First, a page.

MC: A lot of factors came into this. We could have continued to publish like a lot of people did and just trundled along, and had we done that, we might have found some kind of success again. But we thought, “I’ve got two kids, blah, blah, blah. There’s no way I’m going to do this right now.” That kind of stuff is better if you’re living in your parent’s basement…

LH: At the time too, when we were doing this with Deni, she did the twelve issues of Silent Invasion, and then we did four issues of Suburban Nightmares, and she was starting to fall off. The whole black and white market was starting to fall off. We were in negotiations with Comico to do a different series with them but they ran into hard times, and then we went to talk to Dark Horse and they eventually published Michael’s New Frontier as a black and white comic after it was initially printed in Heavy Metal, but then they also decided to concentrate differently. They paid us and a whole bunch of other creators a kill fee, on the basis that they’d been negotiating in good faith to publish stuff and then chose to stop.

Eventually we hooked up with Calibur and Calibur Comics reprinted the whole first six issues of The Silent Invasion with the intention of doing a new series, and they actually published the first issue of what we were calling Silent Invasion Abductions. After publishing the first issue of that, Caliber decided they were going exclusively with creator-owned…

MC: I think when Dark Horse killed our thing, it was something to do with them doing less creator-owned and licensing stuff. You know what, that was fine. We were just at the tail end of everything.

LH: That’s true. Some of the Suburban Nightmare stuff we did with Dark Horse was in Cheval Noir.

MC: The other thing at the time, Chris Kemp and I were asked to do a Vertigo proposal for Shelly Bond, and that went on. Chris and I did quite a bit of work on that one until she said no.

LH: We met with Stuart Moore who was launching DC’s Helix line. I went to some Oakland conventions that Michael wasn’t at and was trying to talk to Vertigo and others. Generally when I was meeting with them, they liked our writing but wanted to say, “Well, can we get somebody else to draw while you guys write?” and I said, “No.”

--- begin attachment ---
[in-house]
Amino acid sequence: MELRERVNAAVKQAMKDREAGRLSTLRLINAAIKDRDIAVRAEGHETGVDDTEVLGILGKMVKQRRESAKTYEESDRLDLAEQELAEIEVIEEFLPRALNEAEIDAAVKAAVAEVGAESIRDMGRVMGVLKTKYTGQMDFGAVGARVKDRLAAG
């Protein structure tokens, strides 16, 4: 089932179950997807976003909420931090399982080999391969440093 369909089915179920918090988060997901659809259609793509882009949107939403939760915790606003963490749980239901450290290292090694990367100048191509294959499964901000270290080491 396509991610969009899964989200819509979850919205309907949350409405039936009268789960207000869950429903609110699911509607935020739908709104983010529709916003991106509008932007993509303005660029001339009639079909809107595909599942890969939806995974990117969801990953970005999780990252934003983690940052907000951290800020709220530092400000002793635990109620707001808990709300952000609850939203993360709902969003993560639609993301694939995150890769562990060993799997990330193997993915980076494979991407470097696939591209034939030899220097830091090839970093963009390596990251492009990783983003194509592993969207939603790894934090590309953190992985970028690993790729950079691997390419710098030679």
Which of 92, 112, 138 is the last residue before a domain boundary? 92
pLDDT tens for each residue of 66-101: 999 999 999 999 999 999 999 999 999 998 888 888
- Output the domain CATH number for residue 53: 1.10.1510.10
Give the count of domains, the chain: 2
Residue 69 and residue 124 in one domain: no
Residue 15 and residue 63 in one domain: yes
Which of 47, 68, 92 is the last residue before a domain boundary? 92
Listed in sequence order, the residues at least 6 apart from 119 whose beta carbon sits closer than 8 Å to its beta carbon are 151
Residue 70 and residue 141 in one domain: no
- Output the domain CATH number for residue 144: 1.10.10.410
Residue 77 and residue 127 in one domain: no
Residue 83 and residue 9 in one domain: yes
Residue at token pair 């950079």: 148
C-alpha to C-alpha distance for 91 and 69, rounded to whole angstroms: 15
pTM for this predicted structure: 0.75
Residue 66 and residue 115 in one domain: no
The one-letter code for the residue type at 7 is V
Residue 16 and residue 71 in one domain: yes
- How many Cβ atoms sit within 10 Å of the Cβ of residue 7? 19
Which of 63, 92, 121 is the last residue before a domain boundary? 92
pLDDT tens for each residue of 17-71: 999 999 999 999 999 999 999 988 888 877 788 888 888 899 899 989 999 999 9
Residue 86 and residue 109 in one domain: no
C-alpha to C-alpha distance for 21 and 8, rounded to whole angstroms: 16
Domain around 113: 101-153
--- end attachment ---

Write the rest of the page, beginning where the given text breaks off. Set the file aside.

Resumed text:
MR: You were caught up in the black and white implosion – did you guys consider working in color?

LH: At one point in time, when we were talking about reprinting this, we were considering adding one single color like Ms. Tree was published by Renegade.

MC: Yeah, I wouldn’t mind doing things like limited color, but not full color. Maybe picking a really limited pallete. Even in the new reprint, I suggested to Terry, “Let’s not print the black as black, let’s print it as another dark color, like dark brown.” That makes it look a little different, and like you’re thinking a bit more.

 LH: Michael’s chosen a color pallete specifically for the covers to stand out. We’ve got a sickly green, a sickly orange…

MC: The reason Terry wanted to reprint this now is that graphic novels are everywhere. I go into a bookstore now and the graphic section is huge. If I go into Indigo, the big bookstore chain in Canada, the graphic novel sections is quite large, and you often see a lot of graphic novels there that aren’t carried in comic stores. Ones that are literary. So you’ll see lots of things that aren’t in your traditional store. Although if you go into The Beguiling, you’ll see lots of them. In Toronto, there’s only The Beguiling that’s on that model; Silver Snail and all the other stores carry a lot of American superheroes. They do carry some other stuff, but not a lot of it, and you have to search for it. I think that Terry figures there’s a bigger market for graphic novels and a bigger market for a wider variety of artwork. If he publishes it now, it will find its market.